The musical score to Insidious was composed by Joseph Bishara, who also appears in the film as the demon. Performed with a quartet and a piano, a bulk of the score was improvised and structured in the editing process, although some recording sessions began prior to filming. On describing the approach of the film's soundtrack, director James Wan explained, "We wanted a lot of the scare sequences to play really silent. But, what I like to do with the soundtrack is set you on edge with a really loud, sort of like, atonal scratchy violin score, mixing with some really weird piano bangs and take that away and all of a sudden, you’re like, 'What just happened there?'"
An exclusively digital soundtrack album was released by Void Recordings on October 11, 2011. Additional songs featured in the film include:
- "Tiptoe Through the Tulips" by Tiny Tim (1968)
- "Nuvole Bianche" by Ludovico Einaudi (2004)
- "Black Angels" by George Crumb (1971)
The first promotional clip from Insidious was released on September 14, 2010. The following December, production company IM Global released an image and sales poster for the film. On January 22, 2011, FilmDistrict released the first teaser trailer for the film. Less than a month later, the film's theatrical trailer was made available online via daily entertainment news wire Blastr.
Insidious had its world premiere in the Midnight Madness program at the Toronto International Film Festival on September 14, 2010. Less than 12 hours after its screening, the film was picked up by Sony Pictures Worldwide Acquisitions for theatrical distribution. On December 29, 2010, it was announced that the film will be released theatrically on April 1, 2011 by the then-relatively new film company FilmDistrict. The film was also screened at South by Southwest in mid-March 2011.
On the night prior to Insidious: Chapter 2 theatrical wide release, the film was shown with its sequel as a double feature in select theaters.
Insidious was released on DVD and Blu-ray on July 12, 2011 through Sony Pictures Home Entertainment. The Blu-ray bonus content includes three featurettes: Horror 101: The Exclusive Seminar, On Set With Insidious, and Insidious Entities. On the day prior to the film's home media release, Sony Pictures and Fangoria hosted a free screening of the film at the Silent Movie Theater in Los Angeles followed by an interactive Q&A with director James Wan and screenwriter Leigh Whannell.
Insidious has received generally positive reviews. Review aggregate Rotten Tomatoes reports that 66% of critics have given the film a positive review based on 165 reviews, with an average score of 6.0. The critical consensus is: "Aside from a shaky final act, Insidious is a very scary and very fun haunted house thrill ride." Roger Ebert gave the film 2 1/2 stars out of 4 saying, "It depends on characters, atmosphere, sneaky happenings and mounting dread. This one is not terrifically good, but moviegoers will get what they're expecting." Steve O' Brien from WCBS-FM says " Most Terrifying Film since The Exorcist".
A number of negative reviews reported that the second half of the film did not match the development of the first. Mike Hale of The New York Times wrote that "the strongest analogue for the second half of Insidious is one that the filmmakers probably weren’t trying for: it feels like a less poetic version of an M. Night Shyamalan fairy tale." Similarly, James Berardinelli commented, "[i]f there's a complaint to be made about Insidious, it's that the film's second half is unable to live up to the impossibly high standards set by the first half." Ethan Gilsdorf of The Boston Globe wrote that "[t]he film begins with promise" but "[t]he crazy train of Insidious runs fully off the rails when the filmmakers go logical and some of the strange gets explained away as a double shot of demonic possession and astral projection."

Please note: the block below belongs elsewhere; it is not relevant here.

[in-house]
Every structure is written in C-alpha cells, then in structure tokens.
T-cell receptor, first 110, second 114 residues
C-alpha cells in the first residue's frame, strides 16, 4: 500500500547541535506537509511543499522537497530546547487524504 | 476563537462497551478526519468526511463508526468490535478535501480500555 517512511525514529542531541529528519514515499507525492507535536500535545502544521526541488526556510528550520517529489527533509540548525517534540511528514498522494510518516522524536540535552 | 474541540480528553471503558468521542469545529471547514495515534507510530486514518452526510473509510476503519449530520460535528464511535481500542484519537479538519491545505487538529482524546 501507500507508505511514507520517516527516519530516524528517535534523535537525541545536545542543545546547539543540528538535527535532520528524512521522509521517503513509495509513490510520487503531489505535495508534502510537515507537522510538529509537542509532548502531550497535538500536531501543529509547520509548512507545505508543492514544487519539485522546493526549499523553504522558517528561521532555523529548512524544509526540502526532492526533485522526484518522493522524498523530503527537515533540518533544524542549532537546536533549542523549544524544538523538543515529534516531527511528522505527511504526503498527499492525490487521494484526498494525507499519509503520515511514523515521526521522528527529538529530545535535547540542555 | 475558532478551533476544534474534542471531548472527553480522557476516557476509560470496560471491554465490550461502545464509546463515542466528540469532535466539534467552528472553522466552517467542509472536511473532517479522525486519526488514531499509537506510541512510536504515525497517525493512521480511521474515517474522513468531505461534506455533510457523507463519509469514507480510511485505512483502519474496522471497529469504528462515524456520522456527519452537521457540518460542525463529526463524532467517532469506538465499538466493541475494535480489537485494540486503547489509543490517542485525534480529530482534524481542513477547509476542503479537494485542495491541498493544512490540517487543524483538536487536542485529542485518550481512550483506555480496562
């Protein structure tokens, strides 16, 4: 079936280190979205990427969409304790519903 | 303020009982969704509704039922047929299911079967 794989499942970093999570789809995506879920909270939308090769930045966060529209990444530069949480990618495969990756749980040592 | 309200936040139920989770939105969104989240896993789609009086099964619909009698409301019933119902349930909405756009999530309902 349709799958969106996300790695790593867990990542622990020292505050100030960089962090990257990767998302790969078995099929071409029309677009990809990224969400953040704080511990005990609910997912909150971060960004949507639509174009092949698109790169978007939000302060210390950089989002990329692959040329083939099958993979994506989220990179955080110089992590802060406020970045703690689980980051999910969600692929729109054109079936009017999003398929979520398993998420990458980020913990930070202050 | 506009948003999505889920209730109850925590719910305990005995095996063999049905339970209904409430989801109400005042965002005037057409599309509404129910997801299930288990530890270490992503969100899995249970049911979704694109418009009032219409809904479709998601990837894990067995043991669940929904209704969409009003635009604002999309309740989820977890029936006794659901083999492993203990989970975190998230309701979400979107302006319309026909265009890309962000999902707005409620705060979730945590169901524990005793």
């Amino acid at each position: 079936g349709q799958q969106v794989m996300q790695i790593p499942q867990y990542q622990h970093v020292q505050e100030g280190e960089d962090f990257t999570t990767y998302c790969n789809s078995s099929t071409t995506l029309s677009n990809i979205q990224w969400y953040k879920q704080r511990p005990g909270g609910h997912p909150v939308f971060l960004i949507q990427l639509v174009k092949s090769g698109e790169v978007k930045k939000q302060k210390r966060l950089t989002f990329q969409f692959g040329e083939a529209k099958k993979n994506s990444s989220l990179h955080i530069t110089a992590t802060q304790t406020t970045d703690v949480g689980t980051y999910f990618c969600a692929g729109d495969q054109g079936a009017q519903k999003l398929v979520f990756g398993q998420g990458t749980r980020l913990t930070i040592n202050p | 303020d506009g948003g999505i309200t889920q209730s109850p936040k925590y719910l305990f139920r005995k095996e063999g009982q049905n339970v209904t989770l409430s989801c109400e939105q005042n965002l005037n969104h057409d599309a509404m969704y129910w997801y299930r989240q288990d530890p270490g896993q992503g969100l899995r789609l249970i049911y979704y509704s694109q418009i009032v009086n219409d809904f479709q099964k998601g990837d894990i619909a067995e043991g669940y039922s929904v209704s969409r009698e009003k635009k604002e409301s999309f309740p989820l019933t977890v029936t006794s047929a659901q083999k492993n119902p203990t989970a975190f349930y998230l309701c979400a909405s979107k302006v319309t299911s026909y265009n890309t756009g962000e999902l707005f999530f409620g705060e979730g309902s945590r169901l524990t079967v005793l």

Positive reviews have focused on the filmmakers' ability to build suspense. John Anderson of The Wall Street Journal explains "[w]hat makes a movie scary isn't what jumps out of the closet. It's what might jump out of the closet. The blood, the gore and the noise of so many fright films miss the horrifying point: Movie watchers are far more convinced, instinctively, that what we don't know will most assuredly hurt us... Insidious establishes that these folks can make a film that operates on an entirely different level, sans gore, or obvious gimmicks. And make flesh crawl." Michael Phillips of the Chicago Tribune wrote: "director James Wan and screenwriter Leigh Whannell admire all sorts of fright, from the blatant to the insidiously subtle. This one lies at an effective halfway point between those extremes." Peter Travers of Rolling Stone commented: "Here's a better-than-average spook house movie, mostly because Insidious decides it can haunt an audience without spraying it with blood." Christy Lemire of the Associated Press stated: "Insidious is the kind of movie you could watch with your eyes closed and still feel engrossed by it. It's a haunted-house thriller filled with all the usual creaking doors, groaning floors and things that go bump in the night, but it'll also grab you with some disturbing, raspy whispers on a baby monitor, a few melancholy piano plunkings and the panicky bleating of an alarm as a front door is mysteriously flung open in the middle of the night."
The film opened with $13,271,464, making it #3 at the domestic box office behind Hop and Source Code. It has since grossed a total of US$54,009,150 domestically and US$43,000,000 internationally, for a total of $97,009,150 worldwide. Insidious was the most profitable film of 2011.
|2011||Won||Fright Meter Awards||Best Horror Film||James Wan
|2011||Nominated||Fright Meter Awards||Best Director||James Wan|
|2011||Nominated||Fright Meter Awards||Best Actress||Rose Byrne|
|2011||Won||Fright Meter Awards||Best Supporting Actress||Lin Shaye|
|2011||Nominated||Fright Meter Awards||Best Screenplay||Leigh Whannell|
|2011||Nominated||2011 Scream Awards||Best Horror Film||−|
|2011||Nominated||2011 Scream Awards||Best Horror Actor||Patrick Wilson|
|2011||Nominated||2011 Scream Awards||Best Horror Actress||Rose Byrne|
Shortly after the release of the second franchise and due to its sellout, it was announced that a third part was being worked on, and will possibly be released April 2015.
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- Official website
- Insidious at the Internet Movie Database
- Insidious at Box Office Mojo
- Insidious at Rotten Tomatoes
- Insidious at Metacritic